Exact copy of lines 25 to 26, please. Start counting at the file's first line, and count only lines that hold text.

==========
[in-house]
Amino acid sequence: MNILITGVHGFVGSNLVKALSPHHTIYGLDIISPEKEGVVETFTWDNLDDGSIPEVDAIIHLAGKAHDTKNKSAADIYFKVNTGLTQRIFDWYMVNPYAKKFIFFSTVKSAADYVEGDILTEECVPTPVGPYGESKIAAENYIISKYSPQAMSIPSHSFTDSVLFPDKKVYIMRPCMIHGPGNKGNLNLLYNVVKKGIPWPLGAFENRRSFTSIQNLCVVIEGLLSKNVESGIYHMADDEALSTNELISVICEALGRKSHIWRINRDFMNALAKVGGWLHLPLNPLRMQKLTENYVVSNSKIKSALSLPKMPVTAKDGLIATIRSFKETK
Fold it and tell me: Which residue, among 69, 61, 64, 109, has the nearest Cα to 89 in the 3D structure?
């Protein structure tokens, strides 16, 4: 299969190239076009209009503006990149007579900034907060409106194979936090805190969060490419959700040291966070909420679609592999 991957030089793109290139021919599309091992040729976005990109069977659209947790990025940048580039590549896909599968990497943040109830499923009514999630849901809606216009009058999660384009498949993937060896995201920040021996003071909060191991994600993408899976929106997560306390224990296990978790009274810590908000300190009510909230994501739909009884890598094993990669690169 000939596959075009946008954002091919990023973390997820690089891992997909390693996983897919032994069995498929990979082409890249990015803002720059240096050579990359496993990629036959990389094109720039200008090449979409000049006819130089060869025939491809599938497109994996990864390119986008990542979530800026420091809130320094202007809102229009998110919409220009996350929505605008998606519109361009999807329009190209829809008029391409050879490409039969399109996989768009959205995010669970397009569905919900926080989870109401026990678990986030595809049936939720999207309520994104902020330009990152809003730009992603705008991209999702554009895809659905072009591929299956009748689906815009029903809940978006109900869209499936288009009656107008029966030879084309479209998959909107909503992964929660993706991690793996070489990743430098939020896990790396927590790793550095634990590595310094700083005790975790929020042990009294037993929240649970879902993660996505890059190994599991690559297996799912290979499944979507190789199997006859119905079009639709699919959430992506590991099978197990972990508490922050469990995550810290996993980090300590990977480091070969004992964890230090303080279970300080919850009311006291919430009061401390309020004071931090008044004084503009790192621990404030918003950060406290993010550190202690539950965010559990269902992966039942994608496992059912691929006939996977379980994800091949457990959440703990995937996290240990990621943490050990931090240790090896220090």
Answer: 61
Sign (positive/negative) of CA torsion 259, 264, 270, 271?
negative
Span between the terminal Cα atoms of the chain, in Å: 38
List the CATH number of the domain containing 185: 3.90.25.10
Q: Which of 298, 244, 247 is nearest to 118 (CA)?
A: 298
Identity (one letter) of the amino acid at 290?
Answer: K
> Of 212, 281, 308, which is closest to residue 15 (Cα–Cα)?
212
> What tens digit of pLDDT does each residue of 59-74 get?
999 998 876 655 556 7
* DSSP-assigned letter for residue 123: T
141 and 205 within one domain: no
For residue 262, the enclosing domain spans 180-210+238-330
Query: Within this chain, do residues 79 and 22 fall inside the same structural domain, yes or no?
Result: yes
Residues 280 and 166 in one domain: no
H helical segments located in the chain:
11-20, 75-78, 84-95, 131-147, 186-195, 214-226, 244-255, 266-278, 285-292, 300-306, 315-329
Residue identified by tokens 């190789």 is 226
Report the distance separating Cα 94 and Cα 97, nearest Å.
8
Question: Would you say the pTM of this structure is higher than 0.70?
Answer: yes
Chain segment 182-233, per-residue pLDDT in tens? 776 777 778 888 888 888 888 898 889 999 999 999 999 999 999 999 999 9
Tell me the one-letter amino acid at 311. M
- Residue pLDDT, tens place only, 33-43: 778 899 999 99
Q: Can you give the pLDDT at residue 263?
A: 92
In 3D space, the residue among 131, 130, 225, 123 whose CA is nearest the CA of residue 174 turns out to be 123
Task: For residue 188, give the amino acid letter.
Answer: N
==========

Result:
11-20, 75-78, 84-95, 131-147, 186-195, 214-226, 244-255, 266-278, 285-292, 300-306, 315-329
Residue identified by tokens 């190789």 is 226